Helping the members of his congregation prepare to share their faith was a dream for Glenn Driedger, pastor of Carman Pentecostal Assembly in Carman, Manitoba, Canada. It is a dream that most pastors share. Yet after six years, Driedger found his dream was still just a dream. Most church members still did not know how to give their testimony in a way they were comfortable with.
“I dreamed I could help every person in my church become a little bit more like Christ,” Driedger said. “From Monday to Saturday I wanted them to be able to tell their story in a way that wouldn’t turn off the community. I wanted them to lead others to Christ.” Campus Crusade for Christ Canada, a ministry based in Langley, British Columbia, soon came and presented their Power to Change program to the local pastors. Driedger saw new hope for his dream and accepted help from the outside ministry.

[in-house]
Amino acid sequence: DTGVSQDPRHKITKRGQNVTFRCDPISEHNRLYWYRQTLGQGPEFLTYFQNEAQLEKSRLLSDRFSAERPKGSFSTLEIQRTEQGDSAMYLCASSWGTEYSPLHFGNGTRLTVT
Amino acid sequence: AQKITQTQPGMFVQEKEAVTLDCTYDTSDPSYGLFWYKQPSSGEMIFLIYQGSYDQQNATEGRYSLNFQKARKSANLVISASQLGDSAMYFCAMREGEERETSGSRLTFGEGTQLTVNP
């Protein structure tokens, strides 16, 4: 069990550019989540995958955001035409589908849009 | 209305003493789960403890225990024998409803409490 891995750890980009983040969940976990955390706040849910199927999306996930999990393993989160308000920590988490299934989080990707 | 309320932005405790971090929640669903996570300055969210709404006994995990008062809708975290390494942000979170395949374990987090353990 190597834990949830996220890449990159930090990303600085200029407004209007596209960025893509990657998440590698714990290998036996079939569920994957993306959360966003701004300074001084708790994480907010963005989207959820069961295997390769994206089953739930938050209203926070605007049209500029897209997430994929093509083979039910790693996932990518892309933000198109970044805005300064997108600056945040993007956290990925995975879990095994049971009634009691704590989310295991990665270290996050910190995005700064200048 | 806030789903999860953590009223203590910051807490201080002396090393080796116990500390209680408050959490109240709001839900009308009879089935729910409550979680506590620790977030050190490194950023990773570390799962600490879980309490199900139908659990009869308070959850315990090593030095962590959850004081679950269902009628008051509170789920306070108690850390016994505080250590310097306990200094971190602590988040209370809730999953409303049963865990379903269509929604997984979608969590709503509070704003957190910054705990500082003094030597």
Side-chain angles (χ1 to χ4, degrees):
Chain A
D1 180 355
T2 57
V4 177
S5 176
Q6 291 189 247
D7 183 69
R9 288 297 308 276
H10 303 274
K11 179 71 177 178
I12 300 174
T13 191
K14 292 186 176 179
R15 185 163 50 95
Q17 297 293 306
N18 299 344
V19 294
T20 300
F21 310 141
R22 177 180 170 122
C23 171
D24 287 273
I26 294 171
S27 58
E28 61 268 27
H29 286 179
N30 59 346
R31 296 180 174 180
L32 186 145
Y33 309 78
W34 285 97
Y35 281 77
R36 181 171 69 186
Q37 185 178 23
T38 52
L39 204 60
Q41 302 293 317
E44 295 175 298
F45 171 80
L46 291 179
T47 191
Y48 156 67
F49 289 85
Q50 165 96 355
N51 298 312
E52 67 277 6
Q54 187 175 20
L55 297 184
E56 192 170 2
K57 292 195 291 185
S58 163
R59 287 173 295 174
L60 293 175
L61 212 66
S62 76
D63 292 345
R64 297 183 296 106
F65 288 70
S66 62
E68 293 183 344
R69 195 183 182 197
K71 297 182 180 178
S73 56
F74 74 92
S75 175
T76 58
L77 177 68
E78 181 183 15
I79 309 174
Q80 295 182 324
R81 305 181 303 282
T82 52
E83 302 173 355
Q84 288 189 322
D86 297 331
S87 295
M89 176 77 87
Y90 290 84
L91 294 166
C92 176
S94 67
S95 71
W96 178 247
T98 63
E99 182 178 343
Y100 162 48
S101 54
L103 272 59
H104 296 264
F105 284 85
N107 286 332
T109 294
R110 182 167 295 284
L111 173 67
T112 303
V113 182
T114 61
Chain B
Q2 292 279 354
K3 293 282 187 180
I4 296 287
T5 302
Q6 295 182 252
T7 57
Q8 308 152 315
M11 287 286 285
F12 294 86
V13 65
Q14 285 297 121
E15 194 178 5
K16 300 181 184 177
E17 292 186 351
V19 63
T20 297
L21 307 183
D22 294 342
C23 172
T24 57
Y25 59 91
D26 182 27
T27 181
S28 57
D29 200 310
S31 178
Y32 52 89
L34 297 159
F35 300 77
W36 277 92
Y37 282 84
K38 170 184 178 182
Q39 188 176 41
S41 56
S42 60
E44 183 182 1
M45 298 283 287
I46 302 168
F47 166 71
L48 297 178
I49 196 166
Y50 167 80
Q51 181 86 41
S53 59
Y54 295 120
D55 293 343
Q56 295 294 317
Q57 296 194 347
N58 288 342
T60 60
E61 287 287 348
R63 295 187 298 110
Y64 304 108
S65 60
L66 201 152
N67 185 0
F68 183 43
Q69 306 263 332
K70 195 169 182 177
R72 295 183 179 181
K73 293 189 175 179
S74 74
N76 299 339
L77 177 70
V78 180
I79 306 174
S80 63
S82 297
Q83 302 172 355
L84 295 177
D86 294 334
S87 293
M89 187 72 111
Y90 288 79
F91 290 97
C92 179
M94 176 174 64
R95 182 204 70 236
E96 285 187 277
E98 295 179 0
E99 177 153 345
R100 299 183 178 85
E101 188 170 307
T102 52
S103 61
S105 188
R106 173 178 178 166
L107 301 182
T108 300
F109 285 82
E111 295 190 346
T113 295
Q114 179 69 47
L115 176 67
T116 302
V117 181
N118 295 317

Campus Crusade for Christ Canada supported Driedger’s dream by teaching his church members how to share their faith in three minutes. They then created events which both gave members opportunities to invite others and did not cost the church a lot of money. All the members had to do was invite people.
Leonard Buhler, president of Campus Crusade for Christ Canada, was involved at the time with the team that came to Carman. He states, “Glenn’s church just started growing immediately with new believers. His church was one of the most fruitful churches I’ve ever seen. I thought, ‘Wow, what a great thing for the church!’”
Carman Pentecostal Assembly was transformed when it saw they could change their town. Driedger was amazed. “We never dreamed in a month of Sundays that we could influence our community [like this],” he said. As a result of his experience, Driedger eventually went to work for Campus Crusade for Christ Canada, where he now serves as director of church relations. This story of a church and a non-denominational ministry organization working together to build the Kingdom of God is an example of a church-parachurch relation at its best.